Building confidence in first aid

Over the last two and a half decades, Karen Hindle has seen a lot of nervous students.

Whether it’s instructing first aid classes or teaching CPR, Hindle is used to calming nerves and reassuring anxious pupils who worry so much about doing the wrong thing that they don’t do anything at all.

It’s a tough barrier for teachers like Hindle to break through, given there’s only so much you can do in a simulated classroom setting. Nevertheless, it’s a vital part of training people to use automated external defibrillators (AEDs) and perform CPR.

“They get apprehensive, but that’s understandable,” says Hindle, a registered nurse by profession.

As an instructor, Hindle has a number of tricks and tips she uses to help her students. Sometimes it’s as simple as reminding them to call paramedics rather than stand still and do nothing. Other times she tells them about the intricacies of Good Samaritan Laws, legal statutes put in place by provincial governments to protect non-health care workers who are trained in first aid and CPR.

Still, nothing is perfect. It’s one thing to teach somewhat what to do, but giving them the confidence in the real world is a bit more difficult.

“If they’re afraid to do something for fear of doing something wrong, at least activate EMS,” Hindle says. “Stay with the person and provide comfort. That usually helps alleviate some of their apprehension.”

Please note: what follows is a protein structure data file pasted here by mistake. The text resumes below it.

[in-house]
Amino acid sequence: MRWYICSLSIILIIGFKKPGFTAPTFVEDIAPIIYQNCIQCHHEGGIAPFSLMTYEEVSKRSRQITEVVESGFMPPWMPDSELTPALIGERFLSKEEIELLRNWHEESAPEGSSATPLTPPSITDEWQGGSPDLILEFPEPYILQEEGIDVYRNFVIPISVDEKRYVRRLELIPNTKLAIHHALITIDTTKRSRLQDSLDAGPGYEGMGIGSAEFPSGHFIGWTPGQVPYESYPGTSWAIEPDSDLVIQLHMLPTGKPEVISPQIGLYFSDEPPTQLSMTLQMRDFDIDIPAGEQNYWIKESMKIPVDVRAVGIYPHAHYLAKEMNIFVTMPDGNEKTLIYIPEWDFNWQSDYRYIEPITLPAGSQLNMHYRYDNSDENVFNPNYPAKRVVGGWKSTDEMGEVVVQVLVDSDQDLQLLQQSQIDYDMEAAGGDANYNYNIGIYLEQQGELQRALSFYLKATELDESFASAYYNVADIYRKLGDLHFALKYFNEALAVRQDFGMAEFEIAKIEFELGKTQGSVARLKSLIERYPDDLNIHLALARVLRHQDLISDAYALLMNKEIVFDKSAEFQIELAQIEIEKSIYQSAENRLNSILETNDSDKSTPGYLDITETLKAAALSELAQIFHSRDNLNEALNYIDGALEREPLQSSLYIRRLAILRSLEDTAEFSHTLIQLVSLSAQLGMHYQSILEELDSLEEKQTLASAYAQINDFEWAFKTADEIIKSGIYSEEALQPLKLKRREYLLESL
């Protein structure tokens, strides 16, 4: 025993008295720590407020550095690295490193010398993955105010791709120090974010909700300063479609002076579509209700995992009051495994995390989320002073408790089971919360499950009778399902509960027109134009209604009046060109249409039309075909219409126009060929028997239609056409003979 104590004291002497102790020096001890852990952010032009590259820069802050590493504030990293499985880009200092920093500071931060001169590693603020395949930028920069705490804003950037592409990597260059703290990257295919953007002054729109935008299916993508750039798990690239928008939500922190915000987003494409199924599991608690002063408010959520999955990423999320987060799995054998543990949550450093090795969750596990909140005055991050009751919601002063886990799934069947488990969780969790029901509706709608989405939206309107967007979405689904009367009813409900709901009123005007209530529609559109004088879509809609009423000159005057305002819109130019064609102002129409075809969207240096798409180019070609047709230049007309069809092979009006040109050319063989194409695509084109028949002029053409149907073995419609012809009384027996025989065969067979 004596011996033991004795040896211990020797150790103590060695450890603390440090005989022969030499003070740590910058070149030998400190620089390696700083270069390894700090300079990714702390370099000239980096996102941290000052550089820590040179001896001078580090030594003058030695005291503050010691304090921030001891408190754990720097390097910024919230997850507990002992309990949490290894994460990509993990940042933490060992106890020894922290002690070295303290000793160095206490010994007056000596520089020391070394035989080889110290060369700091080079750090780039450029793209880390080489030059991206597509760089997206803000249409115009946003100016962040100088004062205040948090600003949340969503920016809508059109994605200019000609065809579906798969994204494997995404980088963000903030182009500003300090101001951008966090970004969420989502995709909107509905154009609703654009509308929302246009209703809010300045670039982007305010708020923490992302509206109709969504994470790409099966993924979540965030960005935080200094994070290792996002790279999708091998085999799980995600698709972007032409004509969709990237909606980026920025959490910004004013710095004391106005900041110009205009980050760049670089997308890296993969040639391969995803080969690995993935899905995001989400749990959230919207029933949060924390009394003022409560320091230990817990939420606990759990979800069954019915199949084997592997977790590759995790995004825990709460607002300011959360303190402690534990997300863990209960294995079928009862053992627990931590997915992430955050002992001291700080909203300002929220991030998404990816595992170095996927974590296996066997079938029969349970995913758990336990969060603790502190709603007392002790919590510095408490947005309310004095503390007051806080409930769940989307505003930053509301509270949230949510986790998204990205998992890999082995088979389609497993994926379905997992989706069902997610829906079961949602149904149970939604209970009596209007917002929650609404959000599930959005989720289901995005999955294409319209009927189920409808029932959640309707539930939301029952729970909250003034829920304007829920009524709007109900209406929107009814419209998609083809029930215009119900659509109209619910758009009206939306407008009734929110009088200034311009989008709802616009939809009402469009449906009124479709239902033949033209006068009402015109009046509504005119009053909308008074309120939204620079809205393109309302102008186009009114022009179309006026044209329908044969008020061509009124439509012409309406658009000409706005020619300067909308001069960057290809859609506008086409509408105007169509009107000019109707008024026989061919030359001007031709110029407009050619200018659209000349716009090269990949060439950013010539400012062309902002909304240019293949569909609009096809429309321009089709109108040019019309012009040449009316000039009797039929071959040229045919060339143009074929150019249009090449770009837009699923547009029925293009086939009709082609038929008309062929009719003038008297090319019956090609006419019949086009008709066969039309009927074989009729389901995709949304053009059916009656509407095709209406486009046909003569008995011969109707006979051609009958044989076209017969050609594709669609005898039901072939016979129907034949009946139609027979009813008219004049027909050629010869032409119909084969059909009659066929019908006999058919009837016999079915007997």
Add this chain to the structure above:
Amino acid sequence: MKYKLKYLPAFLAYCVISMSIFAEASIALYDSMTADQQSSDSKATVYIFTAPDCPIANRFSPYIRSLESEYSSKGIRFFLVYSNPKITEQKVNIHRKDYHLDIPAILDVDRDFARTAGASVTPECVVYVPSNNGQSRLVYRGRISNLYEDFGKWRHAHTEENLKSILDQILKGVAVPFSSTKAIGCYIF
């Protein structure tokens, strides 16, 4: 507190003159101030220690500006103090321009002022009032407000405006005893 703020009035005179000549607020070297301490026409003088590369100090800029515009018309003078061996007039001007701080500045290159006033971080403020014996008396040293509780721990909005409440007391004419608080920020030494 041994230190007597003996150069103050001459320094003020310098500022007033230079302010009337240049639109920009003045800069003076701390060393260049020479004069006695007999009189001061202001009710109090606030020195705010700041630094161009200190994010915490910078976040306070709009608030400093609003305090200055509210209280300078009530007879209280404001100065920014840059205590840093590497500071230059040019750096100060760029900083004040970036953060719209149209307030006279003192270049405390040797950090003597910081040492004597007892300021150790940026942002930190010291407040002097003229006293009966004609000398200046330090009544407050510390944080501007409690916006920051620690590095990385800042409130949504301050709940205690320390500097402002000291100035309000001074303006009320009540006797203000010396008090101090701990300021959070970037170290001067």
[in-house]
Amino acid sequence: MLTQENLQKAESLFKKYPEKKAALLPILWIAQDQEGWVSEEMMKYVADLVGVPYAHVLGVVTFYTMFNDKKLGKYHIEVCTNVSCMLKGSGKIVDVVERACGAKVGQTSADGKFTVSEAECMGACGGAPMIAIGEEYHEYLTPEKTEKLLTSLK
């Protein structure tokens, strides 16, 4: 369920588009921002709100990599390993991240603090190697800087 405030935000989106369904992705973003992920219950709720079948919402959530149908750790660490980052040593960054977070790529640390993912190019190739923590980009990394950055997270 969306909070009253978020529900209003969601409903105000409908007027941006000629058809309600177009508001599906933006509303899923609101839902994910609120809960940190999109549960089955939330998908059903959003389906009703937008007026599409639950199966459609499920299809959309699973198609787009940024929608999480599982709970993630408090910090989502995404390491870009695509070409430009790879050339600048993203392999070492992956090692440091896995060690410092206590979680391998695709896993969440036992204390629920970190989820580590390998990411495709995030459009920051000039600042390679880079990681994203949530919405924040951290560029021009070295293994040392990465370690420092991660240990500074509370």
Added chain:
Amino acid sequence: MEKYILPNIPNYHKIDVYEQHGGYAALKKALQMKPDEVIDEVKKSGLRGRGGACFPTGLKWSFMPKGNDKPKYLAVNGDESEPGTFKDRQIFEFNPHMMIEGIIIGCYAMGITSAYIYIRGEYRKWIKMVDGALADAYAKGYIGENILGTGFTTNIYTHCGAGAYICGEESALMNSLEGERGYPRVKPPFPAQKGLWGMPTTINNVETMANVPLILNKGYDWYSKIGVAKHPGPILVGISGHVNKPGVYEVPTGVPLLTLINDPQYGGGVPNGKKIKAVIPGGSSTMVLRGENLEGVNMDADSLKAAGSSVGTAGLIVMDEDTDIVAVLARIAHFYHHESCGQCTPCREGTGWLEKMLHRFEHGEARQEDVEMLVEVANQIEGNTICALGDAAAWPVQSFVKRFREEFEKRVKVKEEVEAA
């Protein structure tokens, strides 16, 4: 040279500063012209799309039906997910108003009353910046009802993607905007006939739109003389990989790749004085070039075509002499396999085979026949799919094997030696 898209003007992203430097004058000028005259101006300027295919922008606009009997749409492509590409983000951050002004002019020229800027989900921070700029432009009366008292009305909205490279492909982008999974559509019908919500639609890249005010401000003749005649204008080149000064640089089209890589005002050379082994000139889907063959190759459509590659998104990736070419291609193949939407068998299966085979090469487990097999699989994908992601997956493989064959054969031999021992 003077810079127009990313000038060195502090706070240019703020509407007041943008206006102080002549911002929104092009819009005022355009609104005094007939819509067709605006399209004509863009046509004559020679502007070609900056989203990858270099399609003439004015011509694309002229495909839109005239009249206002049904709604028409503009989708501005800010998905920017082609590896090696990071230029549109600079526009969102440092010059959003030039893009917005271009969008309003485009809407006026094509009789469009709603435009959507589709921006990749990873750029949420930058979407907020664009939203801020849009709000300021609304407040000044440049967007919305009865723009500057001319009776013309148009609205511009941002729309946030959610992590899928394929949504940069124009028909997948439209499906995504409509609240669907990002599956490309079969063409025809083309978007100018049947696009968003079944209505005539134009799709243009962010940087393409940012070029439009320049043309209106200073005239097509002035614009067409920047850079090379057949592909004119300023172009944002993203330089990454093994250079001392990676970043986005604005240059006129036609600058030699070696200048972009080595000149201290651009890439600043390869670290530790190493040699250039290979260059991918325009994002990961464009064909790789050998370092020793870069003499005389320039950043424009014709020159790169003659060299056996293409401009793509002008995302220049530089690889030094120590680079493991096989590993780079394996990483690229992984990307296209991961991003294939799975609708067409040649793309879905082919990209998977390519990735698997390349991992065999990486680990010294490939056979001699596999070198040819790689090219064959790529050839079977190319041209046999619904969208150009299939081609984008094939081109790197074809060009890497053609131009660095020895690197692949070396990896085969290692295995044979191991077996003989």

Developing confidence isn’t a challenge that’s unique to Hindle’s classroom either, and it’s one health groups across Saskatchewan are embracing as part of Health Month, held every February. Studies by the Canadian Red Cross show that of the 2.5 million Canadians trained to provide first aid, only about 25 per cent of them actually respond when the opportunity arises.

Parkland Ambulance Care Ltd. paramedic and spokesperson Lyle Karasiuk says there’s clearly a confidence issue, but figuring out ways to deal with it hasn’t been easy.

“It’s trying to break down that fear barrier,” Karasiuk explains. “One of my biggest, biggest things I say to people is, ‘do something. Something is better than nothing.’ The something might be calling for help. It might be getting the AED. We hope it’s more than that … but we hope that people do something.”

Karasiuk says the confidence issue has always been there. He points to online sites like YouTube, where you can find videos of people experiencing medial emergencies in public places while strangers walk by or otherwise ignore them.

Some organizations, like Ambulance New Brunswick, have taken to creating instruction videos featuring four-year-olds using AEDs, just to show just how simple they are to use.

The goal is to get people out of their comfort zone. Karasiuk says those first steps are small, but necessary.

“I think people are just scared that they’re going to make a mistake. They’re scared of the people watching them … they’re worried about, ‘will I hurt them,’ and none of that exists. We just want people to get out there and do something.”

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